The eFunds Corp. is a partner of the "Get Checking" program. It is the owner of ChexSystems - a new account verification network which helps to prevent fraud and facilities access to financial services.
Bonnie Breezee, manager of the Consumer Affairs for eFunds Corp., says many individuals are unable to open new checking accounts because of mismanaging their accounts in the past.
"We really need to find ways to help consumers manage their funds responsibly," Breezee said.
"So many consumers get in trouble because of mismanagement."
Andy Frishkoff, the interim director of community and economic development of Greater Philadelphia Urban Affairs Coalition (GPUAC), was also on hand to talk about GPUAC's Delaware Valley Financial Literacy Campaign.
GPUAC and the Delaware Valley Financial Literacy Coalition (DVFLC) will engage community organizations, churches and other community institutions to educate 300 consumers in asset and debt management with the use of a curriculum developed by the National Endowment for Financial Education (NEFE).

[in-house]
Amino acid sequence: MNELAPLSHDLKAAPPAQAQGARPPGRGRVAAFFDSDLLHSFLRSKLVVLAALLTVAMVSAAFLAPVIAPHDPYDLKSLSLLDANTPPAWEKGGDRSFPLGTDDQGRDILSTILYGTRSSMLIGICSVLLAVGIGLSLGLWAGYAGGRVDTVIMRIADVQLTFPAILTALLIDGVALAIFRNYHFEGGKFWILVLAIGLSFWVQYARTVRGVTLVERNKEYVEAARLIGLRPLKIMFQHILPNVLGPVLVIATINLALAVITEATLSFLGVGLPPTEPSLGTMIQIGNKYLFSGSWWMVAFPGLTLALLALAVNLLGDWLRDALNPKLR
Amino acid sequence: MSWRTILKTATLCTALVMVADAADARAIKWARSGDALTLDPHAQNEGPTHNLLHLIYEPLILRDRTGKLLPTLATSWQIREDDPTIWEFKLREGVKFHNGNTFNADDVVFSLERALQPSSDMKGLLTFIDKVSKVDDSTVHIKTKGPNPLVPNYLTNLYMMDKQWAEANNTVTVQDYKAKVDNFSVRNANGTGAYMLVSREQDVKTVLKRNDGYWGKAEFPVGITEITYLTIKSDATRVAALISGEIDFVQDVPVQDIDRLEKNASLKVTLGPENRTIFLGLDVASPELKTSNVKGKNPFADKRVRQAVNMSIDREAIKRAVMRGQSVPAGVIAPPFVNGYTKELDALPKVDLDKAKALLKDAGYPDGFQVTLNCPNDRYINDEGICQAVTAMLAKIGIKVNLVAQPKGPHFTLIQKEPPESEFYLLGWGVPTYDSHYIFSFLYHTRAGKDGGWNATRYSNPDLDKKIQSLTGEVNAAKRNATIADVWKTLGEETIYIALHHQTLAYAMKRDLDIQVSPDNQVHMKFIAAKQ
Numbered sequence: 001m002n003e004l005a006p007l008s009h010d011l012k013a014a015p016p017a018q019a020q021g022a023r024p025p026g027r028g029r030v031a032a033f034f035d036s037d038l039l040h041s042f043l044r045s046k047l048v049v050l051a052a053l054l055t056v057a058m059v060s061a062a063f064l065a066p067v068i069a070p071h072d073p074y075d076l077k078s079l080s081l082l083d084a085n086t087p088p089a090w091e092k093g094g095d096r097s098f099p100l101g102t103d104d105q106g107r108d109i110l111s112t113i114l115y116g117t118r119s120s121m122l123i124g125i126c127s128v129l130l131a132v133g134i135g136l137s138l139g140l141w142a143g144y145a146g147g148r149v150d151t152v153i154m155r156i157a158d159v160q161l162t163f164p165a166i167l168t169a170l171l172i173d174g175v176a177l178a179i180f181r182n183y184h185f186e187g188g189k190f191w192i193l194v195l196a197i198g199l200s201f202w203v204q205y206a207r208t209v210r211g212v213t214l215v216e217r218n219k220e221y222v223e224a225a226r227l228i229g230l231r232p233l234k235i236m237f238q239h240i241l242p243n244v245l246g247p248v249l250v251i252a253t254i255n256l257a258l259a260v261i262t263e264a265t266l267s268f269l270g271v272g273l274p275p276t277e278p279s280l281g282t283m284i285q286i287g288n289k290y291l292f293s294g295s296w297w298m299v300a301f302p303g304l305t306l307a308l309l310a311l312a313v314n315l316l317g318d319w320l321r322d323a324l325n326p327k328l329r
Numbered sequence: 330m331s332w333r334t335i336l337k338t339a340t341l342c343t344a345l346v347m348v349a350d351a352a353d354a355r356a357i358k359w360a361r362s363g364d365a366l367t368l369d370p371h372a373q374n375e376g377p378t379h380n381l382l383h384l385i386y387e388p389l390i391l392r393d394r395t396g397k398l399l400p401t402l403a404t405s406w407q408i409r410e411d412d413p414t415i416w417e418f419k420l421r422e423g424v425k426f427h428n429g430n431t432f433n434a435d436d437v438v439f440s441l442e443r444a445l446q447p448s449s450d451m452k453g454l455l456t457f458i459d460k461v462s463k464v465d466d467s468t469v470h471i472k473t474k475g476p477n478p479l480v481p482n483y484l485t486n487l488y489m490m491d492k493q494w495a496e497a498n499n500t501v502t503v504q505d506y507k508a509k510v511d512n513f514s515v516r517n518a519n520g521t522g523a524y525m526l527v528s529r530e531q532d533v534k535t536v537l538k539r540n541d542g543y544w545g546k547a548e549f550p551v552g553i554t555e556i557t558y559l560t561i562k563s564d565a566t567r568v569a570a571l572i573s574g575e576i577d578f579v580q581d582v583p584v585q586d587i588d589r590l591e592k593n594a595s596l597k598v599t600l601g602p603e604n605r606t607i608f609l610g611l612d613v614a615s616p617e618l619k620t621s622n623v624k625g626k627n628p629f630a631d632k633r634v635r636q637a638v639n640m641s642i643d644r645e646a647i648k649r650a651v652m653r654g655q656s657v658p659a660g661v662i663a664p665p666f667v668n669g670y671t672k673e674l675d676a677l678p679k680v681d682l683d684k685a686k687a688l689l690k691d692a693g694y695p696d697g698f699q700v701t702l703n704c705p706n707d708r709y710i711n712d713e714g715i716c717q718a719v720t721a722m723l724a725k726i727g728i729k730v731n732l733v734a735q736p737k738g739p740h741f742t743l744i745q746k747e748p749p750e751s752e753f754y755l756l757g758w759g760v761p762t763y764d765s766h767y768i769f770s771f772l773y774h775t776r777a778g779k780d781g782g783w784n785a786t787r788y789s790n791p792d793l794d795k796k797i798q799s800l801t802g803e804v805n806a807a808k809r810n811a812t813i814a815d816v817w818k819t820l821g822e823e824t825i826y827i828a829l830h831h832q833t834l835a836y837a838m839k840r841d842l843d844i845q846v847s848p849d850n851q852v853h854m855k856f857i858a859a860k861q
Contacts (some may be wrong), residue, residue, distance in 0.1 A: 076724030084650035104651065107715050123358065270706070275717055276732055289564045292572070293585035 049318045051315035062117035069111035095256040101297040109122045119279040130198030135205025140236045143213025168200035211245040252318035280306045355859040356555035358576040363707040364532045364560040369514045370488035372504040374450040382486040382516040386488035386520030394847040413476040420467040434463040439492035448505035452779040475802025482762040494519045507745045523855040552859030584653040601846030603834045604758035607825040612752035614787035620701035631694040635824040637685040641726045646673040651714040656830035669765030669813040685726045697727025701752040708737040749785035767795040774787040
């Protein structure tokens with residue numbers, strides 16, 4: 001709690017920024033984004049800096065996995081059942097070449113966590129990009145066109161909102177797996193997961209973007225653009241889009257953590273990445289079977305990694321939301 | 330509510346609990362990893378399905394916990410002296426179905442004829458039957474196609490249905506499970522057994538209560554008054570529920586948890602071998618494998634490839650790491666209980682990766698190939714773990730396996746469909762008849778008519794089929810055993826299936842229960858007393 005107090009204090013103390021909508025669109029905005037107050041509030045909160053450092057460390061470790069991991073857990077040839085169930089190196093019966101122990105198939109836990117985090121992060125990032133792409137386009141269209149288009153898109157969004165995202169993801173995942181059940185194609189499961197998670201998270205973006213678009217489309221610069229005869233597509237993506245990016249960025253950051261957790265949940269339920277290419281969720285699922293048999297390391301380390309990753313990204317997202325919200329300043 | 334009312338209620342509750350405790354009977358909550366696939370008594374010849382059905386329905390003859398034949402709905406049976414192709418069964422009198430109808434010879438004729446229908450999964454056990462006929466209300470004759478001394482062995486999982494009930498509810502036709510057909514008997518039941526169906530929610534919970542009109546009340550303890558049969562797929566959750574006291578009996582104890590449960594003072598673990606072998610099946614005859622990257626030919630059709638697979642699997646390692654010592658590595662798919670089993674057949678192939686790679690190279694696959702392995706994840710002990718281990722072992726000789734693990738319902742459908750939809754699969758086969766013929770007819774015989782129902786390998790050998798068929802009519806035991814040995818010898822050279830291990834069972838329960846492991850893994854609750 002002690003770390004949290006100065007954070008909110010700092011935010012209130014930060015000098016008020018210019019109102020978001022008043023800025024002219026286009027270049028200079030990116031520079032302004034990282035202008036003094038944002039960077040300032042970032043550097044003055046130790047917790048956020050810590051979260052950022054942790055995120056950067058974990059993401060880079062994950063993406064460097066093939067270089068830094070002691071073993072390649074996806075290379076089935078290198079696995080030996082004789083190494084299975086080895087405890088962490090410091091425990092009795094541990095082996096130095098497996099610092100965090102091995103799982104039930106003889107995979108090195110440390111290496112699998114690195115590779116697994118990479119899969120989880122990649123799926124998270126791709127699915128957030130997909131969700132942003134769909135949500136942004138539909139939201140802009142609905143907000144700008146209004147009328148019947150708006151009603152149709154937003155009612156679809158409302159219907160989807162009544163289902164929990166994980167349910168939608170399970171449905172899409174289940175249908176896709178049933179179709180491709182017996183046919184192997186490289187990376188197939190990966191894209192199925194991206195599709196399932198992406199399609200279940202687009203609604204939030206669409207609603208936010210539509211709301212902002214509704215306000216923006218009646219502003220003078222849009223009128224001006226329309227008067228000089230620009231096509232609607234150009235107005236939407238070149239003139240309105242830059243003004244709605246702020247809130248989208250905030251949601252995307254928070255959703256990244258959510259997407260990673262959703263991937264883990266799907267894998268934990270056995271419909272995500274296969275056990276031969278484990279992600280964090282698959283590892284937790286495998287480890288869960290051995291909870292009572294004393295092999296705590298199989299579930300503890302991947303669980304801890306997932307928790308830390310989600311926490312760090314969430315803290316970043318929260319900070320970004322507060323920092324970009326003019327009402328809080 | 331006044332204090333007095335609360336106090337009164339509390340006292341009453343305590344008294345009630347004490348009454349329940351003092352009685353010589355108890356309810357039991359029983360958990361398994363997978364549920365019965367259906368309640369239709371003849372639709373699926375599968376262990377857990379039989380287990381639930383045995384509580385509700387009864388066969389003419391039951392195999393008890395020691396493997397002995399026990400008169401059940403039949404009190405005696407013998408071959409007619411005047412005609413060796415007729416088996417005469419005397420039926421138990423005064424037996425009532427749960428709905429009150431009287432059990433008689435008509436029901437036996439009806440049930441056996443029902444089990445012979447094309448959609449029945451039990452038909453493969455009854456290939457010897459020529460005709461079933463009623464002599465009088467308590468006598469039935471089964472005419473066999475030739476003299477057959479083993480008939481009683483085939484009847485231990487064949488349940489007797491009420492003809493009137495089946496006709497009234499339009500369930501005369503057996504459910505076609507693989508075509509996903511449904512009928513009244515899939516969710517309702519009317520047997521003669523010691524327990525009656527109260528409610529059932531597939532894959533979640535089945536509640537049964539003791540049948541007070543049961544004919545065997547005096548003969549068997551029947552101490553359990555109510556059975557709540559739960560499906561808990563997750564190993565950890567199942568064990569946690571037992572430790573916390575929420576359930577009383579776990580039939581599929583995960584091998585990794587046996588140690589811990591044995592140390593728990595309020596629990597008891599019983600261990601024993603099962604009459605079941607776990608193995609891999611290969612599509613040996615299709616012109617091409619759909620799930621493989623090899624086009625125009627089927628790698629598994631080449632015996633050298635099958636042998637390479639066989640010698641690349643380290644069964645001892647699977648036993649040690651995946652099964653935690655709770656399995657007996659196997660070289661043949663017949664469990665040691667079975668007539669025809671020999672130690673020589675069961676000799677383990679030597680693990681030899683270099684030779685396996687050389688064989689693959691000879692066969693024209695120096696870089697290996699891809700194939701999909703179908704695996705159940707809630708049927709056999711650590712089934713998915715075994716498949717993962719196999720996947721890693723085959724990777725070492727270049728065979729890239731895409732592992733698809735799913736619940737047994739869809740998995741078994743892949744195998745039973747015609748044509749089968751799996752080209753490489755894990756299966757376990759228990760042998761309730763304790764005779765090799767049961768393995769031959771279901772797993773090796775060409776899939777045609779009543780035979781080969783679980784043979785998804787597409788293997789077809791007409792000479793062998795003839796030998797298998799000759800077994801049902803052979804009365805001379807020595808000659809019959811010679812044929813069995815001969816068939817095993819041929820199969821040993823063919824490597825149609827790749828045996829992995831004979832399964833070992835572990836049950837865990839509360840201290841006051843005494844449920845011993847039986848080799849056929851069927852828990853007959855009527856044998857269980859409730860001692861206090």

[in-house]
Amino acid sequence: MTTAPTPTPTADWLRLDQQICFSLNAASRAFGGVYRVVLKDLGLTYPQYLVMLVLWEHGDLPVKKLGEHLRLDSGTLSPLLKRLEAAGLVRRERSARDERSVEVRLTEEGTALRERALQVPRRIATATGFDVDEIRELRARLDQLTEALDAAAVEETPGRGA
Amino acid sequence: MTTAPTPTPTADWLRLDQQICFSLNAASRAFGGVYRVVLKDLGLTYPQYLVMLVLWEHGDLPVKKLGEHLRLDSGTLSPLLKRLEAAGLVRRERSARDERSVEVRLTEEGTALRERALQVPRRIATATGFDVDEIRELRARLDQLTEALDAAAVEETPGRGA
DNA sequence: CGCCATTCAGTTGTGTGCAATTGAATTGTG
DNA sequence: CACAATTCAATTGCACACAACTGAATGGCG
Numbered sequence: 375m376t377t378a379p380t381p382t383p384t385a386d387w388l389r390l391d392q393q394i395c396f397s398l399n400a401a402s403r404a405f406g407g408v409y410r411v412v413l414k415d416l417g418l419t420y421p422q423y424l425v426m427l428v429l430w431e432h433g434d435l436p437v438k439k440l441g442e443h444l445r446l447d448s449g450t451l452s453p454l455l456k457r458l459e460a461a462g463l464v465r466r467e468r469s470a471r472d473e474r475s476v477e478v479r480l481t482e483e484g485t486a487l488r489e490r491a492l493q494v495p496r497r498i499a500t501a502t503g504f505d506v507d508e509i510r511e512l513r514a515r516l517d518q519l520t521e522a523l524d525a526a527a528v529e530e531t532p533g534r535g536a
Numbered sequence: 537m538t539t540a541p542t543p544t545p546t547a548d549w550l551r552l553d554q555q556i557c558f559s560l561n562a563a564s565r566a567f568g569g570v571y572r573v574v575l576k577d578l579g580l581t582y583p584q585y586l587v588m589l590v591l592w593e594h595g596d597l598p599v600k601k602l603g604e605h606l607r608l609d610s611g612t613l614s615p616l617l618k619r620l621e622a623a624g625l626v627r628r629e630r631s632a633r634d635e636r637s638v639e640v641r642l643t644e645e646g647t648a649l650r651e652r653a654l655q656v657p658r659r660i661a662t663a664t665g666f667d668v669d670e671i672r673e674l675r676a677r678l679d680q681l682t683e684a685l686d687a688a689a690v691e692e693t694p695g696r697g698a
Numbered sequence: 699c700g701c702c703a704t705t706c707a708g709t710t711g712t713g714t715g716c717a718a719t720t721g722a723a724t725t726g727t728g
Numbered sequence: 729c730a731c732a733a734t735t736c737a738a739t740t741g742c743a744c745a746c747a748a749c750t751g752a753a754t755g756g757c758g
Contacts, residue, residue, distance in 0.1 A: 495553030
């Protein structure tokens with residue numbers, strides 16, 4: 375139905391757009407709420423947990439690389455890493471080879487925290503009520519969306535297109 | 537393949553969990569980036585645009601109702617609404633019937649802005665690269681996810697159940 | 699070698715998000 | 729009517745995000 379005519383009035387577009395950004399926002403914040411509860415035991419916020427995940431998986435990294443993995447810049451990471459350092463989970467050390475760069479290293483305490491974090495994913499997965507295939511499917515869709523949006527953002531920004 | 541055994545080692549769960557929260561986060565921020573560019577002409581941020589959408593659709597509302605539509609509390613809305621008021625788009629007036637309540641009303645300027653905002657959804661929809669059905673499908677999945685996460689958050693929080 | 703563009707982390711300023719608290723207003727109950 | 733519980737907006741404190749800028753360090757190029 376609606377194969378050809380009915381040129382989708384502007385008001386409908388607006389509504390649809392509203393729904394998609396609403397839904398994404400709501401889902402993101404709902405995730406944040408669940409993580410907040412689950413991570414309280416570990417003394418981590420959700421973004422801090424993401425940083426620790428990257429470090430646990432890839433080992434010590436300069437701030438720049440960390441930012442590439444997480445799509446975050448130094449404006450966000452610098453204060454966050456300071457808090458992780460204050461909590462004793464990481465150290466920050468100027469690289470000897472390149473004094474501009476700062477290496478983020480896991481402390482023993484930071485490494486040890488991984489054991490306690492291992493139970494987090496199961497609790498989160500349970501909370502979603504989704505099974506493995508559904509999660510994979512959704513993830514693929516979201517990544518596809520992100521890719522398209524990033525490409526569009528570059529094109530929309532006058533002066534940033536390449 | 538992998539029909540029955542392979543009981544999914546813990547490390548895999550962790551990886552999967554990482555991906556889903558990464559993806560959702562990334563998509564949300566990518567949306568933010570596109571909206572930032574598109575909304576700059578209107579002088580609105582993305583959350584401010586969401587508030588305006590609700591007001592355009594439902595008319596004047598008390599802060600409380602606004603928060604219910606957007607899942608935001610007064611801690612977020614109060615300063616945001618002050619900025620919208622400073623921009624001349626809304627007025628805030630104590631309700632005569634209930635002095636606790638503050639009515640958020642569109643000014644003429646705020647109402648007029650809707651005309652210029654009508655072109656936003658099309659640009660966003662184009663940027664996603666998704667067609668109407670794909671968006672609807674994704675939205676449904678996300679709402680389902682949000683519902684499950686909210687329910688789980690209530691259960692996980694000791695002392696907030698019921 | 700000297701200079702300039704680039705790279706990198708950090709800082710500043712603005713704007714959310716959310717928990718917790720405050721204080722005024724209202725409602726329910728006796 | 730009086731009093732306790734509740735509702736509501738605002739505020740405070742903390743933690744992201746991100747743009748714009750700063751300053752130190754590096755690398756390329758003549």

The campaign is slated to kick off this summer in Bristol, Bucks, Chester, and Delaware counties and then expand into Philadelphia and other surrounding communities.
Frishkoff noted that while it is important to get information out to the community,-30- financial institutions should be willing to market easy, affordable products to the low-income community.
"We need to make sure that our communities are places where banks want to operate," he added.
Primary Press Contact
The Consumer Federation of America
Attn: America Saves Campaign
1620 Eye St NW, Suite 200
Washington, DC 20006